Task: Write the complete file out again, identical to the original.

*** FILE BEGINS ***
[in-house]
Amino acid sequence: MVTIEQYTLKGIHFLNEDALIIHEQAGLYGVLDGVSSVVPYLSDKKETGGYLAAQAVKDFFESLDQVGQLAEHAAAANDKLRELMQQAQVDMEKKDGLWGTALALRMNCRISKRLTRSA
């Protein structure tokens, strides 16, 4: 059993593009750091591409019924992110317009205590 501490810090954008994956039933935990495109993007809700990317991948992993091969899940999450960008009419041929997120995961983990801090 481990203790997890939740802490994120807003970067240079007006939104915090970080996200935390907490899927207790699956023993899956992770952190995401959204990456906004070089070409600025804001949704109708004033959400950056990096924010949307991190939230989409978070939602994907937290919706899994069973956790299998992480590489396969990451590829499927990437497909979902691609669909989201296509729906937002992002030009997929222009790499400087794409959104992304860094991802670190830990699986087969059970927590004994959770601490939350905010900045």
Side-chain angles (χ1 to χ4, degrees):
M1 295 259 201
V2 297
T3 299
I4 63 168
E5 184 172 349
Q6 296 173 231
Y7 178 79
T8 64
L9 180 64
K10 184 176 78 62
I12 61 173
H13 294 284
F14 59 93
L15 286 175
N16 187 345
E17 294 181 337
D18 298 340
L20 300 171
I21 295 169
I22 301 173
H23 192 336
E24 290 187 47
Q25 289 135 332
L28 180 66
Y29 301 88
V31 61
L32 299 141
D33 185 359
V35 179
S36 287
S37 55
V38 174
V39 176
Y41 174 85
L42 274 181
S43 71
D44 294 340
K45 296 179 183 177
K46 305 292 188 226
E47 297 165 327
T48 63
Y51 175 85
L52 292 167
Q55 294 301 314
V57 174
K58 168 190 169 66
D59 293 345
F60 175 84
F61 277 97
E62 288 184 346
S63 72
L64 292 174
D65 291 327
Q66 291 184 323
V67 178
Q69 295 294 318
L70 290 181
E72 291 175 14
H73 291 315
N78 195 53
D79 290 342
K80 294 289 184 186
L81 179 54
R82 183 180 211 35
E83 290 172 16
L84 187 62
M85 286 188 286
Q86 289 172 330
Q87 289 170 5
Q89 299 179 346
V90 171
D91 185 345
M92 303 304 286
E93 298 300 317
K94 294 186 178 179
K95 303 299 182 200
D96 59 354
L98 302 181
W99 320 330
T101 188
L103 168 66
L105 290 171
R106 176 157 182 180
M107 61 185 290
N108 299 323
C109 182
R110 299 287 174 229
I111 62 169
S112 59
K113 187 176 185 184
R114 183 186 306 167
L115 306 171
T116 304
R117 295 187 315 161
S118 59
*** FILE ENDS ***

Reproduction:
[in-house]
Amino acid sequence: MVTIEQYTLKGIHFLNEDALIIHEQAGLYGVLDGVSSVVPYLSDKKETGGYLAAQAVKDFFESLDQVGQLAEHAAAANDKLRELMQQAQVDMEKKDGLWGTALALRMNCRISKRLTRSA
């Protein structure tokens, strides 16, 4: 059993593009750091591409019924992110317009205590 501490810090954008994956039933935990495109993007809700990317991948992993091969899940999450960008009419041929997120995961983990801090 481990203790997890939740802490994120807003970067240079007006939104915090970080996200935390907490899927207790699956023993899956992770952190995401959204990456906004070089070409600025804001949704109708004033959400950056990096924010949307991190939230989409978070939602994907937290919706899994069973956790299998992480590489396969990451590829499927990437497909979902691609669909989201296509729906937002992002030009997929222009790499400087794409959104992304860094991802670190830990699986087969059970927590004994959770601490939350905010900045």
Side-chain angles (χ1 to χ4, degrees):
M1 295 259 201
V2 297
T3 299
I4 63 168
E5 184 172 349
Q6 296 173 231
Y7 178 79
T8 64
L9 180 64
K10 184 176 78 62
I12 61 173
H13 294 284
F14 59 93
L15 286 175
N16 187 345
E17 294 181 337
D18 298 340
L20 300 171
I21 295 169
I22 301 173
H23 192 336
E24 290 187 47
Q25 289 135 332
L28 180 66
Y29 301 88
V31 61
L32 299 141
D33 185 359
V35 179
S36 287
S37 55
V38 174
V39 176
Y41 174 85
L42 274 181
S43 71
D44 294 340
K45 296 179 183 177
K46 305 292 188 226
E47 297 165 327
T48 63
Y51 175 85
L52 292 167
Q55 294 301 314
V57 174
K58 168 190 169 66
D59 293 345
F60 175 84
F61 277 97
E62 288 184 346
S63 72
L64 292 174
D65 291 327
Q66 291 184 323
V67 178
Q69 295 294 318
L70 290 181
E72 291 175 14
H73 291 315
N78 195 53
D79 290 342
K80 294 289 184 186
L81 179 54
R82 183 180 211 35
E83 290 172 16
L84 187 62
M85 286 188 286
Q86 289 172 330
Q87 289 170 5
Q89 299 179 346
V90 171
D91 185 345
M92 303 304 286
E93 298 300 317
K94 294 186 178 179
K95 303 299 182 200
D96 59 354
L98 302 181
W99 320 330
T101 188
L103 168 66
L105 290 171
R106 176 157 182 180
M107 61 185 290
N108 299 323
C109 182
R110 299 287 174 229
I111 62 169
S112 59
K113 187 176 185 184
R114 183 186 306 167
L115 306 171
T116 304
R117 295 187 315 161
S118 59